decedent and causing his fatal injuries. The court held the accident involved an automobile within the meaning of N.J.S.A. 39:6A-4 because decedent was involved in clearing the path of travel to permit the car he was in to proceed on its course. Decedent was involved solely in an effort to forward the progress of the vehicle he had been riding in. For that reason the injuries suffered by him in that effort were deemed to be an accident involving an automobile. On the other hand, in Sciascia the passenger in a moving uninsured automobile fired a shotgun that killed the owner of an automobile covered by insurance that included uninsured motorist coverage. This coverage insured against injury and death caused by an "accident . . . arising out of the ownership, maintenance or use of [an] uninsured . . . automobile. . . ." N.J.S.A. 17:28-1.1. The court held that the victim died as a result of an accident, but that there was no substantial connection between the use of the uninsured automobile and the injuries. In effect the court asserted that the real cause of the accident was the deliberate act of the passenger who fired the shotgun, and that the use of the car was merely incidental to the event. Sciascia v. American Ins. Co., supra at 358-359.*fn1
In Westchester Fire Ins. Co. v. Continental Ins. Co., 126 N.J. Super. 29 (App.Div.1973), aff'd o.b. 65 N.J. 152 (1974), the court held that injuries suffered by a bicyclist who was struck by a stick thrown by a passenger in a moving car arose out of the "ownership, maintenance or use" of an automobile within the meaning of an automobile insurance policy. The issue was whether the risk was covered by the automobile policy or by a homeowner's policy which excluded injuries caused by the "use of automobiles." The court held that coverage under the automobile
policy requires a "substantial nexus" between the injury and the use of the automobile. Id. at 38. The court noted that it was not uncommon for things to be thrown out of moving vehicles, so that coverage for injuries caused by such objects could be anticipated and expected by parties to the insurance contract.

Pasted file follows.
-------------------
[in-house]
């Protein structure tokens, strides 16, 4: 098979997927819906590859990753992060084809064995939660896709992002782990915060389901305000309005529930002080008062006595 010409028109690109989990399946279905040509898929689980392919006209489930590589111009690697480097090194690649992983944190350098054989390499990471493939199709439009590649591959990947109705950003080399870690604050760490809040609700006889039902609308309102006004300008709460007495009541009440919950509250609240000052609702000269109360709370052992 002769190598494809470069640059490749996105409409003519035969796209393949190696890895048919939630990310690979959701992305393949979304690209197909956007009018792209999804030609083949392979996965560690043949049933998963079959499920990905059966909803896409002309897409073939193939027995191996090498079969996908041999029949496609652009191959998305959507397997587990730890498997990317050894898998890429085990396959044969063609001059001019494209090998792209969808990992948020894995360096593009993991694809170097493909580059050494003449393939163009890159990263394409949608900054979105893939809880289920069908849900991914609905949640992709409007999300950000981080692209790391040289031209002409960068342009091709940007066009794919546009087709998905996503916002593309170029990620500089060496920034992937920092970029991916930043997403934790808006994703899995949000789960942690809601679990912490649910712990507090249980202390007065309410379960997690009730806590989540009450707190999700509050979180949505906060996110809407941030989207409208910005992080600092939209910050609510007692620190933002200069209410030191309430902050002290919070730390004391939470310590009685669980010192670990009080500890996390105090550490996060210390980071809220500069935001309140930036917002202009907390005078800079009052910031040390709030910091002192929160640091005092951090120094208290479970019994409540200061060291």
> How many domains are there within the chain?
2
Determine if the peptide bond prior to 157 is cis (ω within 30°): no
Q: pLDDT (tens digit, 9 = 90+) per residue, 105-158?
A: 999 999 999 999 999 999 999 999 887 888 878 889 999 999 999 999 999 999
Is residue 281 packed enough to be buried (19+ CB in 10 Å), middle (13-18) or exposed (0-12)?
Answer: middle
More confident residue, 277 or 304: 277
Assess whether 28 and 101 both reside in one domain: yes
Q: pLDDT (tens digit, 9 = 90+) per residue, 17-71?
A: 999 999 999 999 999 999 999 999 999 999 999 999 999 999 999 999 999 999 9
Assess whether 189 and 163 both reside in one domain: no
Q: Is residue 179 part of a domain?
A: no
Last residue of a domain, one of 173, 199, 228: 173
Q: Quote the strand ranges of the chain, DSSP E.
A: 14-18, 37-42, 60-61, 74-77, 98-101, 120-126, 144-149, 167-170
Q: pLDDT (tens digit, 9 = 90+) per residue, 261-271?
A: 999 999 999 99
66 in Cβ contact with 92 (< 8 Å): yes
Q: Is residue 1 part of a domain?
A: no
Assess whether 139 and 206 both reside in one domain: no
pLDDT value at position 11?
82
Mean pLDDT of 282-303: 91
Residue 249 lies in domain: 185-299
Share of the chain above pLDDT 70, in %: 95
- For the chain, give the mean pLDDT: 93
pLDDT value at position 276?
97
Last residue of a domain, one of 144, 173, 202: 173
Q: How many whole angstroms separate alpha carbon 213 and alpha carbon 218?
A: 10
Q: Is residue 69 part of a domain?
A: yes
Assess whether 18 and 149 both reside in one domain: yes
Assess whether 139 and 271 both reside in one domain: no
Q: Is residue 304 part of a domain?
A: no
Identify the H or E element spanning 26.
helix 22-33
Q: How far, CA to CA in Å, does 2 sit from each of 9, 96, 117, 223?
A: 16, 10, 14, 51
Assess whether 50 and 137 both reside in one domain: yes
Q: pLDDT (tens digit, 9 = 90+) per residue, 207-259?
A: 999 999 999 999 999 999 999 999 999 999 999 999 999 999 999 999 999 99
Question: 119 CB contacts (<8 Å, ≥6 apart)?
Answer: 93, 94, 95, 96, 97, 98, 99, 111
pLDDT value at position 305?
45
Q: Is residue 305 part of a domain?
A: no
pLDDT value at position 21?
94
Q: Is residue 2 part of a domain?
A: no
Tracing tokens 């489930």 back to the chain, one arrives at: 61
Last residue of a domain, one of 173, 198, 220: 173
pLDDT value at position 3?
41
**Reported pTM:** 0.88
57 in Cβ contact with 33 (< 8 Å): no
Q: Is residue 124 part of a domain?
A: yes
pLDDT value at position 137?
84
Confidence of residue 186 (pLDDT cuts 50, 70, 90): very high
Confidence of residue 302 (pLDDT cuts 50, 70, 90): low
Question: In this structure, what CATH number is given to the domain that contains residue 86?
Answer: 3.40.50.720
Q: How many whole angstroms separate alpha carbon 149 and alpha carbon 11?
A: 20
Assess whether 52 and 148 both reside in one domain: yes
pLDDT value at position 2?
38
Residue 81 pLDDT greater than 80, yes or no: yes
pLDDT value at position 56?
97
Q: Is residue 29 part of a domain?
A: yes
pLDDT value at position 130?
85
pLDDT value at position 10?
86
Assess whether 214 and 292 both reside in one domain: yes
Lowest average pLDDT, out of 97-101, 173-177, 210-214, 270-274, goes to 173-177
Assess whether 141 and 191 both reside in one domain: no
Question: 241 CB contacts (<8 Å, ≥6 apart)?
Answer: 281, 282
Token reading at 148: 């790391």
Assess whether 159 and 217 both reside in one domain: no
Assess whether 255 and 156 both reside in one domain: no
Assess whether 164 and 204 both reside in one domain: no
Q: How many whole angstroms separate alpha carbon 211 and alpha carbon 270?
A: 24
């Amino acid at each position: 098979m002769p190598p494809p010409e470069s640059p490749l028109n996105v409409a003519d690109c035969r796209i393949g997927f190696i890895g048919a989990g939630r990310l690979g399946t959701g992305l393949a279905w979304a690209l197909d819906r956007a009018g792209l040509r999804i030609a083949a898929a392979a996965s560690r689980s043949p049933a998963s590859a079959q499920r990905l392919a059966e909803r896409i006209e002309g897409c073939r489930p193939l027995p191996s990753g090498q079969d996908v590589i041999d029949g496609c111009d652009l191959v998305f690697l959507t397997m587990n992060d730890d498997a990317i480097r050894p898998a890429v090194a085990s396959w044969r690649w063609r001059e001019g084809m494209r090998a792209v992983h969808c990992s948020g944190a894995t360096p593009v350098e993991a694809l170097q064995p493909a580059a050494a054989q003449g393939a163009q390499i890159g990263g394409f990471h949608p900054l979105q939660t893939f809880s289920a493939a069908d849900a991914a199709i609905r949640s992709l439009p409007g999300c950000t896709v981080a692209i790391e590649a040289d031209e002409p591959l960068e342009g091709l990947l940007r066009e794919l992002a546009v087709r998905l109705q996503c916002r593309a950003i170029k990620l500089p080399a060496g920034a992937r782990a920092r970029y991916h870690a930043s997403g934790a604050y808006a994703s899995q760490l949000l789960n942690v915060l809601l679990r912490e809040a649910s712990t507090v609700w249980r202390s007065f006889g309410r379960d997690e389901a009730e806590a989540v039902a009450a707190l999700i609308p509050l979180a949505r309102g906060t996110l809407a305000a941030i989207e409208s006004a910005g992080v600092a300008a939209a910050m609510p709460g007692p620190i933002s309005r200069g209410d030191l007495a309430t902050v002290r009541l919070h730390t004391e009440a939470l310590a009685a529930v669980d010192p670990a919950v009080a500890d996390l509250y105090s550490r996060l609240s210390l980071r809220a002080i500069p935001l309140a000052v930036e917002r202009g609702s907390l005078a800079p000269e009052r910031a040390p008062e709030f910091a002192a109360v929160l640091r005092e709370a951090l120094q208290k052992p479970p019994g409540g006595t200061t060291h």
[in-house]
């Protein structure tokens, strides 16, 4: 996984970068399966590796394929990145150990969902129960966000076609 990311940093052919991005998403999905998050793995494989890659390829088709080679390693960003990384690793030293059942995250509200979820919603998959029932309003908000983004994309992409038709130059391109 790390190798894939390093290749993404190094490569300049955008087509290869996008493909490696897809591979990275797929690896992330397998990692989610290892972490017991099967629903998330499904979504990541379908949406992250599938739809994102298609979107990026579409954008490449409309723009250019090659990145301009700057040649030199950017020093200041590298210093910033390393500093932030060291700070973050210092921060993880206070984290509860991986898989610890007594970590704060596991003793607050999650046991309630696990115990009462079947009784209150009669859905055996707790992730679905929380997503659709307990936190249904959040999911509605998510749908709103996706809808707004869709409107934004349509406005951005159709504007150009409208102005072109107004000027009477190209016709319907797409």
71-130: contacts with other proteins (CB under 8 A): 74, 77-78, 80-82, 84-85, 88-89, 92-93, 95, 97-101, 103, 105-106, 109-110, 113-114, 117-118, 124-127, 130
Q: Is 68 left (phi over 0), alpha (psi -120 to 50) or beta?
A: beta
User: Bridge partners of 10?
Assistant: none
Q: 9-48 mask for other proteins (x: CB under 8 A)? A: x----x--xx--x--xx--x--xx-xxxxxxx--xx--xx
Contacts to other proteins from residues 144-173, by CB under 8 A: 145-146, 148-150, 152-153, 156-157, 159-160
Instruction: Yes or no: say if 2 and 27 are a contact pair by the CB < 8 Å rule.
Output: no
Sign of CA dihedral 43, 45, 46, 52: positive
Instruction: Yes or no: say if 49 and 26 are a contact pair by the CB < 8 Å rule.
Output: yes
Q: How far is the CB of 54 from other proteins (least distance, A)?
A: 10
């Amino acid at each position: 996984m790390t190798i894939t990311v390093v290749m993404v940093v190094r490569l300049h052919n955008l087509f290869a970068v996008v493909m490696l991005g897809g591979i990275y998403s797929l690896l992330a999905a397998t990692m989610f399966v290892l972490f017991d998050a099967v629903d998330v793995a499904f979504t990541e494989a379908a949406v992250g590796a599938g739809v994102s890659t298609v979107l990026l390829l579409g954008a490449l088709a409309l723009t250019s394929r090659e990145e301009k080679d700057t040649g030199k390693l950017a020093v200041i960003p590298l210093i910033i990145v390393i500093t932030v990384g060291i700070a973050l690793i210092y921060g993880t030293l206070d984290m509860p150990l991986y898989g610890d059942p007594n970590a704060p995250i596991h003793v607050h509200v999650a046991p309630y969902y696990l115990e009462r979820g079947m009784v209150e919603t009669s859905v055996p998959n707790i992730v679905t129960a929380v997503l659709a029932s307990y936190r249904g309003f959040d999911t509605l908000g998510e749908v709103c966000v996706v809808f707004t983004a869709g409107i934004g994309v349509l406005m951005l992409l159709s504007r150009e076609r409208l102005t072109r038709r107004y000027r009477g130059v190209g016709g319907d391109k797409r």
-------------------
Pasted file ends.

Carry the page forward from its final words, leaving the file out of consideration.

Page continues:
In the case at hand we conclude that, although decedent's assailants may have attempted to rob him of the keys to his car, there was an insufficient causal connection between the shot fired by his attackers and the automobile to consider the killing an accident involving an automobile within the meaning of the New Jersey Automobile Reparation Reform Act as it existed in 1981. We note that N.J.S.A. 39:6A-4 has since been amended by L. 1983, c. 362, § 7 to substitute for the words "bodily injury as a result of an accident involving an automobile," the words "bodily injury as a result of an accident while occupying, entering into, alighting from or using an automobile. . . ." The Legislature obviously intended more restrictive coverage than that afforded by the language "involving an automobile." This legislation appears to have been inspired by the holdings in Amiano v. Ohio Casualty Ins. Co., 85 N.J. 85 (1981) and Hoglin v. Nationwide Mut. Ins. Co., 144 N.J. Super. 475 (App.Div.1976). In Amiano the court allowed recovery for injuries suffered by the driver of a truck which was involved in an accident with an automobile where the truck driver asserted PIP coverage as an insured under his wife's automobile policy. The insurance policy covering the truck did not provide PIP coverage, since the no-fault law applies only to automobiles. N.J.S.A. 39:6A-2. In Hoglin, a similar issue arose out of a collision between an automobile and a motorcycle. We cannot say that the ...